Documents from this Source:
The Senate resumed the consideration of the report of the Committee on the Judiciary, on the petition of Ebenezer Oliver, and others; and, on motion by Mr. Van Buren, it was postponed to Wednesday next, and the documents accompanying the petition were ordered to be printed for the use of the Senate.
Mr. Van Buren, from the Committee on the Judiciary, to whom was referred the bill, entitled "An act to authorize the issuing of letters patent to Samuel Brown," reported it without amendment.
Mr. Van Buren, from the same committee, to whom was referred the petition of John S. Stiles, executor of George Stiles, made a report, accompanied by a resolution, that the prayer of the petitioner ought not to be granted. The report, with the accompanying documents, were ordered to be printed.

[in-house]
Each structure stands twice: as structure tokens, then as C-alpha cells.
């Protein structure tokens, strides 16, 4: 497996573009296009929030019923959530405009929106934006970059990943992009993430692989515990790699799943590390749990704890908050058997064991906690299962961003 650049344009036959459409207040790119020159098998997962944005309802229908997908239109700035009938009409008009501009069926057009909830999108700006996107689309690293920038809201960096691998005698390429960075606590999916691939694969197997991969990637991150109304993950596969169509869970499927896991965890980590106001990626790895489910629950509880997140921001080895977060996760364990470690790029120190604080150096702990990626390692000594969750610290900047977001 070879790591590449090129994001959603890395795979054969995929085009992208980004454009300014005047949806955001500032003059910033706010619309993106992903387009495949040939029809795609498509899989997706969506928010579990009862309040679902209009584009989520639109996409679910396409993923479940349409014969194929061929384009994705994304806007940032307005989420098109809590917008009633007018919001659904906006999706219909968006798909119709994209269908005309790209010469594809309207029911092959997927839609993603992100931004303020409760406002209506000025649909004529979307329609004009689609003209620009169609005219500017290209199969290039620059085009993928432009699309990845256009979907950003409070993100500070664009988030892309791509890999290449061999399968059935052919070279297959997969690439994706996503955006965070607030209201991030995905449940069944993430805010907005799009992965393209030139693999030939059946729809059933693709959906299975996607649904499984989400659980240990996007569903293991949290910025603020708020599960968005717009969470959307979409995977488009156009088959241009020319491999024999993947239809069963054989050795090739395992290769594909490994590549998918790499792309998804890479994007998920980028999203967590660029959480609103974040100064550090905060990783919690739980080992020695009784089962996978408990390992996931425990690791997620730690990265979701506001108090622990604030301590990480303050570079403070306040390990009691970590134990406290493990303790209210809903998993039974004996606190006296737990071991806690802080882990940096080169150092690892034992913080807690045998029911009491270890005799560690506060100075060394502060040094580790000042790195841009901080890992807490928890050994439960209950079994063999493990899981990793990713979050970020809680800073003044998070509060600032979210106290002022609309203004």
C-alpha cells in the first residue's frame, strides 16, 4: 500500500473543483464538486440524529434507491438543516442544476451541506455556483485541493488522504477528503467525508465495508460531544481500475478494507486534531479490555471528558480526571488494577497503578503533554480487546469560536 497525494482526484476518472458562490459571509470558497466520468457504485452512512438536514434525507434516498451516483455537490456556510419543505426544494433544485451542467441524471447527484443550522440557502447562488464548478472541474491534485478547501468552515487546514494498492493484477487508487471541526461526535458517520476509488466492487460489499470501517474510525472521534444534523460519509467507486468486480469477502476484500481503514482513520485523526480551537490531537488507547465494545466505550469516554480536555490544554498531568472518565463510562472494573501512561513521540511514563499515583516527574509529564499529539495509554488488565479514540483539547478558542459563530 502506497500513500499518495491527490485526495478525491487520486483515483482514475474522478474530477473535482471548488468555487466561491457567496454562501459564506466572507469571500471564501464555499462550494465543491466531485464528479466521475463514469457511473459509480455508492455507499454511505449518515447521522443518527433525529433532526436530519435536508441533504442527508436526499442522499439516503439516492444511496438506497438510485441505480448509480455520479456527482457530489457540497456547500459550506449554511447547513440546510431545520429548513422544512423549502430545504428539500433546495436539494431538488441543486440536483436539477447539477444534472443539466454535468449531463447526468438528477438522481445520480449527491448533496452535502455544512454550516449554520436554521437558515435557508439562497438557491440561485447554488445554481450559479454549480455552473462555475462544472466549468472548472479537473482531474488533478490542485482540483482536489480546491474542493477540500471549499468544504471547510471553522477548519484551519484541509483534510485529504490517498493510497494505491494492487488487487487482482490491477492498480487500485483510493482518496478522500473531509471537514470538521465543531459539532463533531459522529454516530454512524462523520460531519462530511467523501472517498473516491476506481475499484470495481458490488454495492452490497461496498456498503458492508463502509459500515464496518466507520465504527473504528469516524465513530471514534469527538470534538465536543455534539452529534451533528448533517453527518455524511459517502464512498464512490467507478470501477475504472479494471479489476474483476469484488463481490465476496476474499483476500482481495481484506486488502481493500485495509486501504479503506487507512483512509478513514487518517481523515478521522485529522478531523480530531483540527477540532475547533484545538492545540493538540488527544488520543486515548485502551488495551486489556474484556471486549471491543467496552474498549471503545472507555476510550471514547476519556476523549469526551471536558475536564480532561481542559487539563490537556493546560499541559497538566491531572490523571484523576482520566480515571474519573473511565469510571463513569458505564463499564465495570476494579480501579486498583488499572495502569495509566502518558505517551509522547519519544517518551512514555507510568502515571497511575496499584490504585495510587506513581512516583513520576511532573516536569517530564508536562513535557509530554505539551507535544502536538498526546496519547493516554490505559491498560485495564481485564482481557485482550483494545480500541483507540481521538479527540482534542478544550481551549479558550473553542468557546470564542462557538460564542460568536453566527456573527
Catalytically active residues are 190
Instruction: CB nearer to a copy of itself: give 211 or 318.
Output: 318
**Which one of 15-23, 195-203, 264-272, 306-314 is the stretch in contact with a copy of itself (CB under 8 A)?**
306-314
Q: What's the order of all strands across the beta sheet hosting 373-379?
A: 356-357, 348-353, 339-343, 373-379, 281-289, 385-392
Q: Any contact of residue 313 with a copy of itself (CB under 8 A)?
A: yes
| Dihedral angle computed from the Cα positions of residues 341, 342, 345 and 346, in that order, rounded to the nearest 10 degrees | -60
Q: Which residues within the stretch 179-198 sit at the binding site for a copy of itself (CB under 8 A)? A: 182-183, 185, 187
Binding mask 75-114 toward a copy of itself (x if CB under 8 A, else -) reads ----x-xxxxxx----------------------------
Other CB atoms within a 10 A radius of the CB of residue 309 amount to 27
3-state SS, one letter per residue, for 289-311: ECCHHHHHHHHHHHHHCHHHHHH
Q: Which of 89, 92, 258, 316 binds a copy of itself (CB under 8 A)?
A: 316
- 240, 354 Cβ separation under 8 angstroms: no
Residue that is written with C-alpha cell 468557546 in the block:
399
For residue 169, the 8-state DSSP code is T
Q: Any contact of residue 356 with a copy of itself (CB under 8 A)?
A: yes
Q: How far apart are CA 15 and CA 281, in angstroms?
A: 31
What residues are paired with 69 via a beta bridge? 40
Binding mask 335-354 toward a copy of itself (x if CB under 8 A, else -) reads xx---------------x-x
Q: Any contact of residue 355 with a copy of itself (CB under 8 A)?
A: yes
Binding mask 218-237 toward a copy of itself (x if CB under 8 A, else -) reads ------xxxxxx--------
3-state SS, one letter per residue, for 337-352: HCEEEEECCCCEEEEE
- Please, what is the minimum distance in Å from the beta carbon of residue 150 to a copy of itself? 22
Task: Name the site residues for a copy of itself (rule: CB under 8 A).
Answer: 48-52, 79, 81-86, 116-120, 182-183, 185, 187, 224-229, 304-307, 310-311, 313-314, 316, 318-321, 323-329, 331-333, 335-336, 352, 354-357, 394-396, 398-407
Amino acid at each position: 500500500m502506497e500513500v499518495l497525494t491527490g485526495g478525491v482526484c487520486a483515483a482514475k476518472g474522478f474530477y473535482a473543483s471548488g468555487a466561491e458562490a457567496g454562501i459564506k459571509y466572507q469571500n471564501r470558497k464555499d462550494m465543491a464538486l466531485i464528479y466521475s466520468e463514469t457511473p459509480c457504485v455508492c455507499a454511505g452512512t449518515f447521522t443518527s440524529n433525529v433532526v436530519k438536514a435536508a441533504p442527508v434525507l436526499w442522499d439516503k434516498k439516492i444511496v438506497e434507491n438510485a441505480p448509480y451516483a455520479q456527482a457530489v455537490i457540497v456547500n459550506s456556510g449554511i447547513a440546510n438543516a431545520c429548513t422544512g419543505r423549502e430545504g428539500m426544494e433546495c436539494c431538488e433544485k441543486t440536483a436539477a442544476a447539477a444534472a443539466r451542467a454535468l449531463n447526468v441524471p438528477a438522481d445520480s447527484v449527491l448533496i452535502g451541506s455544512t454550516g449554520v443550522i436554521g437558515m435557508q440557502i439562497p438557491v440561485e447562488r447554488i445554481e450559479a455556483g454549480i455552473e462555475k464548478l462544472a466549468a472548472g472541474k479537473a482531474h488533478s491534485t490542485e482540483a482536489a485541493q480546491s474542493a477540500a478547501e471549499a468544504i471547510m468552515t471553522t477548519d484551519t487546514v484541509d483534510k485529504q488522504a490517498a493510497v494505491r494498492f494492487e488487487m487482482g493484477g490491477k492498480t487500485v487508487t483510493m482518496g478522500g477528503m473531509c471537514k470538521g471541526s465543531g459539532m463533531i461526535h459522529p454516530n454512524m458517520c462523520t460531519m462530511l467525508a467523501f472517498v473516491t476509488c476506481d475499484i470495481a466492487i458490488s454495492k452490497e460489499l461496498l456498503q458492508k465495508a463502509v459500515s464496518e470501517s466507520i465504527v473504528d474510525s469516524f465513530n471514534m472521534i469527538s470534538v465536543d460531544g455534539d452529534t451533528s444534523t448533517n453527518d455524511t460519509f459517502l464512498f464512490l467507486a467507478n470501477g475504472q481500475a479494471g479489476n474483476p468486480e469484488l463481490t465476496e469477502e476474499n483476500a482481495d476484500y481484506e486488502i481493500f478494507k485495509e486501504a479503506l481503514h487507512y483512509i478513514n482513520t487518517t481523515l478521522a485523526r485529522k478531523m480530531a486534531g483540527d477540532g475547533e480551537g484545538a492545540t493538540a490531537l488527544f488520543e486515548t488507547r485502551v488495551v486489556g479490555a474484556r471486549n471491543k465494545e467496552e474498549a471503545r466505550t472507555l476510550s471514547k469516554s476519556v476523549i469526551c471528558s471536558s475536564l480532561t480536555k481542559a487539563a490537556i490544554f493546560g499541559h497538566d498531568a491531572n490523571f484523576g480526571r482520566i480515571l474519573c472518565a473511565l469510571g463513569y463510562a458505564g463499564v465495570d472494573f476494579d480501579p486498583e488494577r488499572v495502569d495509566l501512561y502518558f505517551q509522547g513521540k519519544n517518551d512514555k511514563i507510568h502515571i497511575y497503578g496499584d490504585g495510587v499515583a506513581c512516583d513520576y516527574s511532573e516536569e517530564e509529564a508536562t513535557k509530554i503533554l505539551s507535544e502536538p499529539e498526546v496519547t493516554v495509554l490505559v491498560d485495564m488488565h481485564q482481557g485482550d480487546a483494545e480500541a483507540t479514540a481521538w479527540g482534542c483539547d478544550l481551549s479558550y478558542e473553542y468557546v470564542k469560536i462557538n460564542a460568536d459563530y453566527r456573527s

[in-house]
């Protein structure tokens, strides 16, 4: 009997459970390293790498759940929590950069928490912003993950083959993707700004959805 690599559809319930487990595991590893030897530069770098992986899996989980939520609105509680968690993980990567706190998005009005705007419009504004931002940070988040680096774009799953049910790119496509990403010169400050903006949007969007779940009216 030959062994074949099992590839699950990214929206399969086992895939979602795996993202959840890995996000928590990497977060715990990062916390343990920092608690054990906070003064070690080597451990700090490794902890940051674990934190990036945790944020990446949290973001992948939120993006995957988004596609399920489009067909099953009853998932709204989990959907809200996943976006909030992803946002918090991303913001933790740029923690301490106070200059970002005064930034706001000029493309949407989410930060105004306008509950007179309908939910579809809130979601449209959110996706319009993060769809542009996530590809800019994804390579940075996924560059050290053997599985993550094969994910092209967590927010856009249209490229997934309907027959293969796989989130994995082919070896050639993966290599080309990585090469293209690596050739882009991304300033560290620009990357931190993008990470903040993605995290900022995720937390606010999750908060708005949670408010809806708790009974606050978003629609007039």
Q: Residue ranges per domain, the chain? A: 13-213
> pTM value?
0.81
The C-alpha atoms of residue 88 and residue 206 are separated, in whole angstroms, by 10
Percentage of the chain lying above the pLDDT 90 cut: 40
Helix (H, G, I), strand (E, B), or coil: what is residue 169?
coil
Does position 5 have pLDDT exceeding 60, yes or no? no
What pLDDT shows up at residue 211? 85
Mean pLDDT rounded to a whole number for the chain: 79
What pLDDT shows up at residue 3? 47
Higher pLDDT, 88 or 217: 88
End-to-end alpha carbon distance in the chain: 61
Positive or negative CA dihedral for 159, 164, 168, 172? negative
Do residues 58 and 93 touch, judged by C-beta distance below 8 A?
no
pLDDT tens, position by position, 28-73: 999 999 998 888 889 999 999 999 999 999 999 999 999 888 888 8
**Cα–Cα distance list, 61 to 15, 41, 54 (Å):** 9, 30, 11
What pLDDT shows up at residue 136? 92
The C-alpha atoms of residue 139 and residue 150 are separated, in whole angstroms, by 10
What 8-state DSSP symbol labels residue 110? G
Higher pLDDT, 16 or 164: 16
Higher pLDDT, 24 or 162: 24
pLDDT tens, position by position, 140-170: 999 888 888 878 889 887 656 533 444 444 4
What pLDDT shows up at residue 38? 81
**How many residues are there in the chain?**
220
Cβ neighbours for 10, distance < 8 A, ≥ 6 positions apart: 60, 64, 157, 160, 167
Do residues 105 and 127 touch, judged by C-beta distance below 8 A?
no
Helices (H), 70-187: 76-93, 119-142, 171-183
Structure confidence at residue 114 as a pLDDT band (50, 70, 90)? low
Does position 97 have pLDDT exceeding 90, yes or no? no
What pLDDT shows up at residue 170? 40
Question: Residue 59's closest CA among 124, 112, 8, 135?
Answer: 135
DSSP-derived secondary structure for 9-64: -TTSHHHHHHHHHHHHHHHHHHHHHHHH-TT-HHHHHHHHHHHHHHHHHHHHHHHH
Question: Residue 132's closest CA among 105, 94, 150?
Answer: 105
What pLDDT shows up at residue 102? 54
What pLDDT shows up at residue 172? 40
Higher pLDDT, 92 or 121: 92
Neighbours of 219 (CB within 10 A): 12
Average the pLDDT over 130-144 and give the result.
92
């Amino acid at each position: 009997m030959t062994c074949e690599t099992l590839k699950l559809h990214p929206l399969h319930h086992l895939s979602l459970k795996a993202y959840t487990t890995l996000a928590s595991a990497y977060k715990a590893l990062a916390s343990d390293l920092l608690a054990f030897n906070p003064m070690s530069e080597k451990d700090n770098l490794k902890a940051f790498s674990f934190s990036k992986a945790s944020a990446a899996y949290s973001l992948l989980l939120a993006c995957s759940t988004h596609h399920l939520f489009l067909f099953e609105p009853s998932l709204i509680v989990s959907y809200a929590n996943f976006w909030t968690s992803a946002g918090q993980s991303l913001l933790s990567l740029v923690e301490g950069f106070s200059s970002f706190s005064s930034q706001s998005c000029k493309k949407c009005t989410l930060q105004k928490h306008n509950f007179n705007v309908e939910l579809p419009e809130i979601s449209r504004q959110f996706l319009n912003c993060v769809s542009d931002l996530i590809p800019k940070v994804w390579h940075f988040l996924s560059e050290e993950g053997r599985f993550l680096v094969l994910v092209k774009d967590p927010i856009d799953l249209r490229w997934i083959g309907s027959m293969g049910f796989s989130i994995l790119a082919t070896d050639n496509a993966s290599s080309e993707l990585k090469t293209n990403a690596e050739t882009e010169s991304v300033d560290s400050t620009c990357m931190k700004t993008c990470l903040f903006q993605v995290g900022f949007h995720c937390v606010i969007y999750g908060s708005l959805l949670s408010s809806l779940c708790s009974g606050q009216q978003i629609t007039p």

Mr. Van Buren presented the petition of John M. S. McKnight, administrator of Charles McKnight, deceased, praying to be paid for services rendered by the deceased in the medical department, in the Revolutionary war; which was read and referred to the Committee of Claims.
The bill to abolish imprisonment for debt was taken up. Mr. Van Buren proposed two new sections, as substitutes for the first and fourth sections of the bill. The amendments were ordered to be printed, and the whole subject was postponed till Monday next, and made the order of that day.
Mr. Van Buren, chairman of the Committee on the Judiciary, supported the report. He did not consider that the Government was bound, in justice or equity, to allow the claim now under consideration. He believed it would be highly inexpedient and impolitic to allow it; and went into a history of the origin of the claim, to support his opinion. As the commissioners were appointed to decide finally... Continue Reading